ScienceDaily: Top News

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ScienceDaily: Top News


Think chimpanzee beds are dirtier than human ones? Think again
The mystery of lime-green lizard blood
Three gallons of radioactive tank waste vitrified last month
Alternative treatment for mild asthma
The opioid epidemic has boosted the number of organs available for transplant
Cannabidiol significantly reduces seizures in patients with severe form of epilepsy
Climate change impacts fragile river ecosystems
Diverse and abundant megafauna documented at new Atlantic US Marine National Monument
Climate change in Quebec equals a much greater diversity of species???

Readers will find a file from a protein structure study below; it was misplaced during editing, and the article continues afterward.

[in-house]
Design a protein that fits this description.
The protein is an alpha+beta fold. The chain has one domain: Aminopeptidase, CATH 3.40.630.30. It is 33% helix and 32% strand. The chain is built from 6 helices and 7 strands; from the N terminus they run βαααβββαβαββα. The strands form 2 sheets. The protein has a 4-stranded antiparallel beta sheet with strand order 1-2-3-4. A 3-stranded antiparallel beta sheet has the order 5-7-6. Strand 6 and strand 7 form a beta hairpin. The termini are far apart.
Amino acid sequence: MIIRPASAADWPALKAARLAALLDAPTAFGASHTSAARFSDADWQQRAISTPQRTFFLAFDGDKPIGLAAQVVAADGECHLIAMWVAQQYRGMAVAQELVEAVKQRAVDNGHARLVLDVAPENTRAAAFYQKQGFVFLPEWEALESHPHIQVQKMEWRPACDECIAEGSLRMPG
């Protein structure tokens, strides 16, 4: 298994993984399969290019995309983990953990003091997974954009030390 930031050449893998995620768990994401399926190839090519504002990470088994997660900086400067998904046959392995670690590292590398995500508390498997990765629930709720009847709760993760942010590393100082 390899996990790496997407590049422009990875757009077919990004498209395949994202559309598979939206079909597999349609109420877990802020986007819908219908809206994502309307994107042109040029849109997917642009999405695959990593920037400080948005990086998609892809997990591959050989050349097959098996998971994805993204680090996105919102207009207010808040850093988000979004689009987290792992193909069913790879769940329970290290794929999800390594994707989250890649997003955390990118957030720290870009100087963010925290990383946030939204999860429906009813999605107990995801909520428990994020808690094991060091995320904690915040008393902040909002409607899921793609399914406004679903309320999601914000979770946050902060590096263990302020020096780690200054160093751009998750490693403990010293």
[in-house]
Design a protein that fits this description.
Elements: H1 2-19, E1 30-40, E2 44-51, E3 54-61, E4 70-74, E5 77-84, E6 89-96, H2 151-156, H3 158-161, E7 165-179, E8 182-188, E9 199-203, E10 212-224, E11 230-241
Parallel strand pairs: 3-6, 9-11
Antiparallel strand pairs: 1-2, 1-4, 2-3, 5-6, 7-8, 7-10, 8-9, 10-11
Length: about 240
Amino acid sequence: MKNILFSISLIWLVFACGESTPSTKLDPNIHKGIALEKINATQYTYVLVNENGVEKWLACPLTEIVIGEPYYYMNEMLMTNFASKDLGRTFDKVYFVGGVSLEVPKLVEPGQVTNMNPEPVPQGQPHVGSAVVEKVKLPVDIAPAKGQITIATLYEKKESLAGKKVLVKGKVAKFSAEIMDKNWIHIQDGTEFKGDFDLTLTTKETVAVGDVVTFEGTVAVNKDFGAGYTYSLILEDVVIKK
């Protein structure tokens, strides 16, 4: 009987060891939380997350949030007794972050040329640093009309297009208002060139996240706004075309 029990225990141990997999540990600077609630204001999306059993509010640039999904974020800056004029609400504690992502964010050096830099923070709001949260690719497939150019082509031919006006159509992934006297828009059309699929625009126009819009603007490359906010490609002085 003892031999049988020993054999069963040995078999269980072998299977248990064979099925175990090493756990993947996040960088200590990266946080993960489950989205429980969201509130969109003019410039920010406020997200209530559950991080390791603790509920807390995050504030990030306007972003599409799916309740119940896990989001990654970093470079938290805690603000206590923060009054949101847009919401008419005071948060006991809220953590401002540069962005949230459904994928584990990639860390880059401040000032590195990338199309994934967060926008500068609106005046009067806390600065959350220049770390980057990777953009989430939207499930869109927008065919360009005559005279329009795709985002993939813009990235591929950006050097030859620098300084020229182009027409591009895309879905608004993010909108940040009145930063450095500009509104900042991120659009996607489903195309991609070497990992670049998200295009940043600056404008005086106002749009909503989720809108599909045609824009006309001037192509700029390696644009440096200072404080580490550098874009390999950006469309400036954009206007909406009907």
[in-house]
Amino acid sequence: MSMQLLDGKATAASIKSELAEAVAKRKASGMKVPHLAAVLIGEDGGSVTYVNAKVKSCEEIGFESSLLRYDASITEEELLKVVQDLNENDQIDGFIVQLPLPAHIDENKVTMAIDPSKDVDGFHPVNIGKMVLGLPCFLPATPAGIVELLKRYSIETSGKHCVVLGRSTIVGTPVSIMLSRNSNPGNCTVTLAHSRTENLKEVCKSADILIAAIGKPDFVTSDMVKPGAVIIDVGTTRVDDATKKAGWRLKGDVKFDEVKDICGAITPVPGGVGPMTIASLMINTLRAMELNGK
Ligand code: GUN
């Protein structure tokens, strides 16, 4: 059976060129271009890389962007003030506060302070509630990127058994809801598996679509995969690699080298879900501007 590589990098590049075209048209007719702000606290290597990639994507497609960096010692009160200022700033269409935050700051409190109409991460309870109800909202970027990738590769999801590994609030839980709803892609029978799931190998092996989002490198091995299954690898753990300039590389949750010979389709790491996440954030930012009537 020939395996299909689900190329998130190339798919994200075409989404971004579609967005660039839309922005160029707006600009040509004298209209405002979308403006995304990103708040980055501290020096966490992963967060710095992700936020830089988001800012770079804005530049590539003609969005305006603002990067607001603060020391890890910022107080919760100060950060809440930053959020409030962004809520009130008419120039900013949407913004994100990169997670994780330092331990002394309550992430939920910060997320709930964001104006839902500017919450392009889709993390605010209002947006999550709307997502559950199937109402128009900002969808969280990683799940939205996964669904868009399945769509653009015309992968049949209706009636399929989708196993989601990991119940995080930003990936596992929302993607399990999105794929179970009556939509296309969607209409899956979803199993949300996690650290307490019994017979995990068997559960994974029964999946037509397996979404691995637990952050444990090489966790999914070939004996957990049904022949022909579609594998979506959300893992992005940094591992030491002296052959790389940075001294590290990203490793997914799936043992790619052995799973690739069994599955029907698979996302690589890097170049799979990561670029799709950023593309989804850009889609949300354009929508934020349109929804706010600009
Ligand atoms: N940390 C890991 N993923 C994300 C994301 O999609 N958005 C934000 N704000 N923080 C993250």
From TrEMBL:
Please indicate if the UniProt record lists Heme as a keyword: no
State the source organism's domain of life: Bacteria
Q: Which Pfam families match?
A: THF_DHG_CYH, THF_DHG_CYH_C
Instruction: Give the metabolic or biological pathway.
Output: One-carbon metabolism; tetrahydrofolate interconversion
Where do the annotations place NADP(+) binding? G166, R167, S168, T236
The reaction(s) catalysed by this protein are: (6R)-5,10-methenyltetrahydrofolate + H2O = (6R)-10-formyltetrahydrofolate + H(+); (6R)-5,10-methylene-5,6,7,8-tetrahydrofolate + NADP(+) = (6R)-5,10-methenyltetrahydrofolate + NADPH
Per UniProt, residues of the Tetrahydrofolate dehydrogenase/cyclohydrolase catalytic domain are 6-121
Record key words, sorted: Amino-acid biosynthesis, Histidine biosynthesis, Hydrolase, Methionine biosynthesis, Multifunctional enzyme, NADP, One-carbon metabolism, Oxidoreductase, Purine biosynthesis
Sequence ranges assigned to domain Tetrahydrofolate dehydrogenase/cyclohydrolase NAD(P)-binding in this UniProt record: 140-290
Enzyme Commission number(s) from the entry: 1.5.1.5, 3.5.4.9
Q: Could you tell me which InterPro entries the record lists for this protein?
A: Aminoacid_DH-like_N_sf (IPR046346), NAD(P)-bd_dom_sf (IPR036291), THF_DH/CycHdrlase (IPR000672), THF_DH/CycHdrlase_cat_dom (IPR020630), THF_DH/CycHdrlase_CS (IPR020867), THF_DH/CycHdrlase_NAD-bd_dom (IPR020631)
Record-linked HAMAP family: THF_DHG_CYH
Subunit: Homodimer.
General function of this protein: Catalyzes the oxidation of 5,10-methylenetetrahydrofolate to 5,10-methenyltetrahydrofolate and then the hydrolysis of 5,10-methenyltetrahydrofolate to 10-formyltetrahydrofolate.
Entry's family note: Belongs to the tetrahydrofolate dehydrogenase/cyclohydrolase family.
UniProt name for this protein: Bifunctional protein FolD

Major shifts in global freshwater
Rising emissions of ozone-destroying chemical banned by Montreal Protocol
Europium points to new suspect in continental mystery
Scientists predict how 686 marine species' habitats may shift in response to warming seas
Natural regeneration or tree-planting? Study points to bias in forest restoration studies
Early evidence of use of a bit on domestic donkeys found in the Near East
Novel therapy inhibits complement to preserve neurons and reduce inflammation after stroke
Whole-tree logging may not hinder plant biodiversity
Individualized ovarian, brain cancer therapies
Bitcoin estimated to use half a percent of the world's electric energy by end of 2018
Evidence for stars forming just 250 million years after Big Bang
How the gut influences neurologic disease
Exploration of diverse bacteria signals big advance for gene function prediction
Quarks feel the pressure in the proton
New nuclear RNA retention activity discovered
An electronic rescue dog
Researchers control the properties of graphene transistors using pressure